How I Started Writing
I’ve been asked this questions more than half a dozen times in the last month alone by my school friends and a few acquaintances, and last week when I had to write this answer for the FAQs section for my website, it got so long that I thought I might as well make it a post and leave a link back to it rather than taking up all the space with a single answer.
It always irritates me whenever anyone pings me on Facebook and start the conversation by saying “I never knew you liked writing” or something on the same lines. It irritates me because it reminds me of how I let my mother’s expectations get the better of me. It irritates me because I never ever told anyone what I wanted to do, not even my own self. So I thought I’d finally answer this question once and for all.
How I started writing…
Like most writers, I was not a child-writer (you know children who start writing beautiful – or shitty – stories from an early age.) Though I did love reading, or to be more specific stories. Cinderella was my favorite, and because of being left unattended due to my parents failing marriage, I used to think that I was living Cinderella’s life. Of course, the difference was that my parents were alive (lucky me!)
I used to spend almost all my time in pretend worlds (which now I know are called fictional worlds.) I use to line up all my dolls and bears and other toys upon returning from school and pretended to teach them whatever I learned in my classes that day or play house-house with my dolls and barbies and used to treat my 1.5-acre tree-covered property as a long forgotten island where I lived alone.
Whenever I was sad (which was oddly rare) I used to share my sorrows with my dolls and never real people. I have a disgusting amount of friends – zero to be exact – and I was happy being that way because I hated any company, except when it came to my toys and fictional friends (any guesses? Well, it was Cinderella.)
So I knew that I loved stories and books (and movies), but I found out that I wanted to be a writer on a very special day. I was in 6th grade and as per my school’s curriculum, we had our 1st ever library period in the very first week of starting of that school year. I was completely mesmerized because my school library was very different than my local library – it was my school library (you know! SCHOOL LIBRARY!)
Of course, the first thing that I wanted to read was a good book, but our Sister Principal gave strict instructions to our Librarian to let us pick books from a particular shelf only. That shelf had some educational mags and some similar uninteresting things and I hated the idea of being restricted. And by that point, my enthusiasm for being in the school library considerably dropped and I began missing my local library.
So like everyone else in my class I picked up whatever I could get my hands on and began leafing through it when all of a sudden I came across a poem. It was named something like The Tree (I’m not sure now), but I was so impressed by that poem that I wrote it down in my new ‘Library Notes’ notebook. Which was huge for me because until that day I never really cared for poetry.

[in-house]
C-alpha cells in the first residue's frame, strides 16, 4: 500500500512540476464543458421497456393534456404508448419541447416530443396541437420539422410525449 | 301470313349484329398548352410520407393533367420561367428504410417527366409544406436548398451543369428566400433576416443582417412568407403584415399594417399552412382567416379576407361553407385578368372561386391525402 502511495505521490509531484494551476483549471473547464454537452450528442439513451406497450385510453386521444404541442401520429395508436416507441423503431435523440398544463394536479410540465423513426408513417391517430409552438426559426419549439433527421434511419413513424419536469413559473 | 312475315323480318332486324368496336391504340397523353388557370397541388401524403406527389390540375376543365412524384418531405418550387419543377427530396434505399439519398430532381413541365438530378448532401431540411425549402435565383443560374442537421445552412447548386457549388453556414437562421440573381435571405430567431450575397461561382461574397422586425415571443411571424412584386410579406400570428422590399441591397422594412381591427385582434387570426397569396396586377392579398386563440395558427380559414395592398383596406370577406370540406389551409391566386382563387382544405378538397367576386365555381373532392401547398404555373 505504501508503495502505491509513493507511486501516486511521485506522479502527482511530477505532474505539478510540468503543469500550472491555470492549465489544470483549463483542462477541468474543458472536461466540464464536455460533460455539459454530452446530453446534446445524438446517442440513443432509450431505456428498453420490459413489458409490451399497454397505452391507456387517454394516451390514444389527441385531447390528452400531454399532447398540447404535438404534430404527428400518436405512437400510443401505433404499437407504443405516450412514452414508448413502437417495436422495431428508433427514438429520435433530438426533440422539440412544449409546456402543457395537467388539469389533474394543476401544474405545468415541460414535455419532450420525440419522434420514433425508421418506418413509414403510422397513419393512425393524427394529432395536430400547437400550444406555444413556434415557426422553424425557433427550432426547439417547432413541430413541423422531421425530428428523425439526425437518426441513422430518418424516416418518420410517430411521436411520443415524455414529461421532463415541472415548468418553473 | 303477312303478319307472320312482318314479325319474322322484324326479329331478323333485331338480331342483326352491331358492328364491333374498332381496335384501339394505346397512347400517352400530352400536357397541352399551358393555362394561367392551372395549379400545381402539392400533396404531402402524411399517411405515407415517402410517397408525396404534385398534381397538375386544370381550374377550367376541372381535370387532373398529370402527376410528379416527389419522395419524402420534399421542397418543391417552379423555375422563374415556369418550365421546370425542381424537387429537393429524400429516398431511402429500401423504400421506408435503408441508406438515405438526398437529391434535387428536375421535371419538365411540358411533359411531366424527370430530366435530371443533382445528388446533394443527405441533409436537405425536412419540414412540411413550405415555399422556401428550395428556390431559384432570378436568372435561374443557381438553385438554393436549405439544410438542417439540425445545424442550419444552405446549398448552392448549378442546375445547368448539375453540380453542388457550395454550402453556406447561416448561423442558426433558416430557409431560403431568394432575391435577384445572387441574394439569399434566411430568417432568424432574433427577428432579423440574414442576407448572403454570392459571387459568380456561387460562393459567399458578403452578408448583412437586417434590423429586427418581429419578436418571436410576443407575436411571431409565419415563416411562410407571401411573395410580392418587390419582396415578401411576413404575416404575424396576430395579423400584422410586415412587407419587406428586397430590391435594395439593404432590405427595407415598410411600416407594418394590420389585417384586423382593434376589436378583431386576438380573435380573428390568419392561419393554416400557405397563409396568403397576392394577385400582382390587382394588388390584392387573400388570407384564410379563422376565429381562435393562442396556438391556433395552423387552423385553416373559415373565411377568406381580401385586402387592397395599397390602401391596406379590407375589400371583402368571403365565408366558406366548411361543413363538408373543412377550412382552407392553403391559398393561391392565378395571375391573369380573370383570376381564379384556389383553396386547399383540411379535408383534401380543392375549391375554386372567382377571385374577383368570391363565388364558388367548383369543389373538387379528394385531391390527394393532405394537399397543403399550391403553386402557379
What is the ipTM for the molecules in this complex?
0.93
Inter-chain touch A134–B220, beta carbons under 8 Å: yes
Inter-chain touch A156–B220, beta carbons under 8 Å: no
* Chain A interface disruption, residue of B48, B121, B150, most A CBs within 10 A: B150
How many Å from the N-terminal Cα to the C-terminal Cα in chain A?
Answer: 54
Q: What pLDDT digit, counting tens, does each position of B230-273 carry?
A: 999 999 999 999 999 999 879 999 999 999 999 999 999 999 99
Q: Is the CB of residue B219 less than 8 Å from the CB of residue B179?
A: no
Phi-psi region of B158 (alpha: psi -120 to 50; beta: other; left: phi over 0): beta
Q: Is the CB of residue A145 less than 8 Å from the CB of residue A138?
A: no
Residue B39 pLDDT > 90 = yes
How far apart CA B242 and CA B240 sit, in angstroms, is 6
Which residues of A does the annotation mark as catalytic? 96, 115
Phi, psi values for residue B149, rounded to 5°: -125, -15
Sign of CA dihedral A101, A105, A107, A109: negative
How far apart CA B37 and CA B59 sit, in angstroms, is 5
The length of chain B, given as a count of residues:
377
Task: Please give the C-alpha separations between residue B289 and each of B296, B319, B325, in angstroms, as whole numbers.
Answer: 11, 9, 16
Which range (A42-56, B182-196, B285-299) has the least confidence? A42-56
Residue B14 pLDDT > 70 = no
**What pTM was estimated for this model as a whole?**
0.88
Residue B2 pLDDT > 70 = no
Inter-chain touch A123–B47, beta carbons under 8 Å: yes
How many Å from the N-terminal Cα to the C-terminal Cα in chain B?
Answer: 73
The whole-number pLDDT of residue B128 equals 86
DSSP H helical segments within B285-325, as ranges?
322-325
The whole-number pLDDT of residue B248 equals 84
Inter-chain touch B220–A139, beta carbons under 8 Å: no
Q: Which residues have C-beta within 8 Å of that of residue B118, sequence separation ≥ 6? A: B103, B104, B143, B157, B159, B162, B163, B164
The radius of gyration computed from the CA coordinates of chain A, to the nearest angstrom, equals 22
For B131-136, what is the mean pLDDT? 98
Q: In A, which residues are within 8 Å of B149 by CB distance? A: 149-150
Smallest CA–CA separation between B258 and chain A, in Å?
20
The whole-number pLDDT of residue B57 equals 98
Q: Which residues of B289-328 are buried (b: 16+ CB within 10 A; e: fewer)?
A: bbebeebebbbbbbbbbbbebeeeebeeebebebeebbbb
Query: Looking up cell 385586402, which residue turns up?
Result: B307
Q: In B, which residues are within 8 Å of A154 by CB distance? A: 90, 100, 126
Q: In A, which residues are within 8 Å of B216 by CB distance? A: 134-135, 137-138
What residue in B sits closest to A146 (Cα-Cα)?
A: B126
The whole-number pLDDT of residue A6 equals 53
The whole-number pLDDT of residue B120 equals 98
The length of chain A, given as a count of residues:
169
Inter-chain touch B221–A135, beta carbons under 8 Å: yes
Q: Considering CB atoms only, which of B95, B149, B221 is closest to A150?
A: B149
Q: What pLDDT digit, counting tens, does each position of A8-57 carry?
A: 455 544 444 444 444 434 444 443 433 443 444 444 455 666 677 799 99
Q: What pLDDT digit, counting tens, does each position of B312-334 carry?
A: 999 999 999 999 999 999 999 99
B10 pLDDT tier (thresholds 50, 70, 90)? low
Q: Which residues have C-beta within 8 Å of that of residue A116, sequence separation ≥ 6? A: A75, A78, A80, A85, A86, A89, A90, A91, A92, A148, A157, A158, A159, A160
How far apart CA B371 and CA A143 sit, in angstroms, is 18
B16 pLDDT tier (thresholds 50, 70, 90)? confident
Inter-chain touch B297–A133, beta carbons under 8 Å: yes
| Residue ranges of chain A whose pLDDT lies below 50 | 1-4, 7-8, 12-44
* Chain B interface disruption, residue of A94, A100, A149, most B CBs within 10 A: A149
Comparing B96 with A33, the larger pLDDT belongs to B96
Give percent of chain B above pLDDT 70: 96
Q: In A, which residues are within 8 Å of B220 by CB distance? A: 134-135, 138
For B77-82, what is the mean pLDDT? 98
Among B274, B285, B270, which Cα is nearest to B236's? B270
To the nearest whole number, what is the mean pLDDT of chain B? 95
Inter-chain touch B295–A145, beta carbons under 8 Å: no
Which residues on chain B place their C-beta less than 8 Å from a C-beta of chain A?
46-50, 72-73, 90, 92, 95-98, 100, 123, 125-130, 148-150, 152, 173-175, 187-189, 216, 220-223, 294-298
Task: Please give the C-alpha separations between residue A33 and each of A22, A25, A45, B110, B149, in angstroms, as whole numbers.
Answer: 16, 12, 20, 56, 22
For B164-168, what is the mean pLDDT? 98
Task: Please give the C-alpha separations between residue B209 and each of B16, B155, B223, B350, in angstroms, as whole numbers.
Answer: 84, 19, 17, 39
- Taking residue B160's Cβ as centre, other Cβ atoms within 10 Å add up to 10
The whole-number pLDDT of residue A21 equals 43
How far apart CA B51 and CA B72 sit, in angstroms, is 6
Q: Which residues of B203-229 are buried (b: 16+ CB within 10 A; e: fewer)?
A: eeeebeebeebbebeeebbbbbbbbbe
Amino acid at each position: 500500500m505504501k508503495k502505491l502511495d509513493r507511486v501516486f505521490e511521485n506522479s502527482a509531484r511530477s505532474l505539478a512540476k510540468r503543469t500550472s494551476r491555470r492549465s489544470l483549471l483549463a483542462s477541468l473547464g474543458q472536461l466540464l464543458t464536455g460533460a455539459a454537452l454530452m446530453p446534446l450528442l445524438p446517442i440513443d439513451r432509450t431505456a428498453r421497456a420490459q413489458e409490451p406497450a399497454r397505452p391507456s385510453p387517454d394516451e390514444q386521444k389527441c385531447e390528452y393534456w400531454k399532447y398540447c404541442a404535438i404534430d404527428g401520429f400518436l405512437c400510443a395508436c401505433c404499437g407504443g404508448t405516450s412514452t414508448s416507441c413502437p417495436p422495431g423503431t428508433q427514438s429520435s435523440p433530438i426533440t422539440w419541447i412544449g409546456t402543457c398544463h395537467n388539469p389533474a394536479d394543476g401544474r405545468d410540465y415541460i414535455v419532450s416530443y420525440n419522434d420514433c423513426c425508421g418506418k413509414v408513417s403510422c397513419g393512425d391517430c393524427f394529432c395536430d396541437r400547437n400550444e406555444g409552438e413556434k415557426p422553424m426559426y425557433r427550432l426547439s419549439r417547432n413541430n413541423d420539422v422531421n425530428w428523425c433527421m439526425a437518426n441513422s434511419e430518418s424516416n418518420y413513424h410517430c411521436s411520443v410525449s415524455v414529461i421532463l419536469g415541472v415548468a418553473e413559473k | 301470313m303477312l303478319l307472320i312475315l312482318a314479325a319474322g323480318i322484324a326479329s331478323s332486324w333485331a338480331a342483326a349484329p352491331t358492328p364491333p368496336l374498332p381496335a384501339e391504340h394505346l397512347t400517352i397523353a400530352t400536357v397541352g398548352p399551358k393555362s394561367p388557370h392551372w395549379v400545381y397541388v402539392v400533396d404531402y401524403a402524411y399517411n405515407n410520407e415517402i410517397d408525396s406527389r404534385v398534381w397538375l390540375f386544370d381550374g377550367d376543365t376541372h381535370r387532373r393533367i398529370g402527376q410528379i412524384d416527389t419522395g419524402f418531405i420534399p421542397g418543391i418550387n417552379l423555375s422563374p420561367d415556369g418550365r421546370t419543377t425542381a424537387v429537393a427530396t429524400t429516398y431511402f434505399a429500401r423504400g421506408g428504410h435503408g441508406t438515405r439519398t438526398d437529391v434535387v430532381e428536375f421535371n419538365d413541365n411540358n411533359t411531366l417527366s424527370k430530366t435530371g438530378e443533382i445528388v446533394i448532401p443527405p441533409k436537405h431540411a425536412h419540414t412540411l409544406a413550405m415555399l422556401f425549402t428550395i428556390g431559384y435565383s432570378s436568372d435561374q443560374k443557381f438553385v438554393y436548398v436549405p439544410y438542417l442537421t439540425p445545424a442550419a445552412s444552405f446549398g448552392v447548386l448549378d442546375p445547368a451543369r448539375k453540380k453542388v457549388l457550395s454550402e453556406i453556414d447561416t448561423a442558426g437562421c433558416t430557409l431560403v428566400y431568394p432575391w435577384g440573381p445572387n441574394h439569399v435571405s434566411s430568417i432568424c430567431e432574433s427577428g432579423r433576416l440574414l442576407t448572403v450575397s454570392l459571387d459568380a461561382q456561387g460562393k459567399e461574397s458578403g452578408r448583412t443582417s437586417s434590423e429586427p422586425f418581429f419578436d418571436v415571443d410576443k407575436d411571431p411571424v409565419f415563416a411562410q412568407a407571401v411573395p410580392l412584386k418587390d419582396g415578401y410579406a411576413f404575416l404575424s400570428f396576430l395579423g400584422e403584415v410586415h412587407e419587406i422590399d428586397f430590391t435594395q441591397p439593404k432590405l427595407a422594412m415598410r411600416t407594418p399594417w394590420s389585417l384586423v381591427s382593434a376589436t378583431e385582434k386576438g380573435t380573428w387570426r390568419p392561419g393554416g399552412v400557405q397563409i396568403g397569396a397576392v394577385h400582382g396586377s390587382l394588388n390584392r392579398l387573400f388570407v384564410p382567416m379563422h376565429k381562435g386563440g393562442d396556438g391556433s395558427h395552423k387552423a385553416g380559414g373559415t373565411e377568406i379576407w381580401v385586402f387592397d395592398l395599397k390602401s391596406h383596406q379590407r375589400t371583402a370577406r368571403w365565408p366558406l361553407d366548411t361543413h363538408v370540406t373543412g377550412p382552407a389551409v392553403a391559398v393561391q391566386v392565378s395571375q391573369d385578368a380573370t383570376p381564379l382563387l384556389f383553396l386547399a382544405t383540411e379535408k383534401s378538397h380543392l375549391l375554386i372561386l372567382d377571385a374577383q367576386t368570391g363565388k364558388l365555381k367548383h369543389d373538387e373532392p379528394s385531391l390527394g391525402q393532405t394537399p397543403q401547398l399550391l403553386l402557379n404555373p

After that I read it again and again, switching between the mag from which I copied it and my notebook, for the entire period. After that whenever I used to go the library (once every week) I used to copy down the poems or articles I found interesting. The thing was I wanted to write so badly that having no idea how to write something on my own, I started to copy whatever I thought was good.
And so on I kept doing till finally, I had to give up those mags for studying references (yeah, I was a nerd.) That was the first time when I actually contemplated becoming ‘one of those people who write all this’ and I remember thinking, after all, there have to be a few dedicated people who wrote stuff for these mags and books? You see, for whatever reason, I was simply not aware at that age that writing is a career option.
After that year I lost my normal library routine because I got caught up in studying to fulfill my mother’s dream of becoming an engineer. And thinking that writing was simply not a career option for me, by any strech of the imagination, I never ever told anyone about it (mostly because I buried this dream so deep inside of me that I barely thought about it again.) That is until I started reading again (and that was after my parents’ divorce at the age of 16.)
I started reading and my grades started dropping (much to my mom and step-father’s discontent.) Still, I kept on reading because that was the only escape I had. I read most of Sidney Sheldon’s books and then started reading Nicholas Sparks. After that, I read Twilight and other few books. Due to the scarcity of time, I used to read only at nights taking out half an hour or one hour out of my study time which would always end up in 4-5 hours of reading.
After that, I never really left reading, no matter how my grades were affected (and this is something I’m really happy about and proud of.)
Then I got into Electronics and Telecommunication Engineering and finally coming to my senses, I rebelled against my mom and step-father in my 2nd year of engineering and dropped out of it, and married Vishal. And after that, everything changed forever because I finally started thinking about what I wanted to do. Still, it took me some time to finally realize that I can become a writer and start writing whatever I wanted to. So after I did 3D Animation Film Making I got straight down to it. I created The Reading Bud and thought of starting with baby steps by writing reviews of books I read.
And then later I started this blog, and here I am 2 years later with my first book getting published and already half way through my second novel 🙂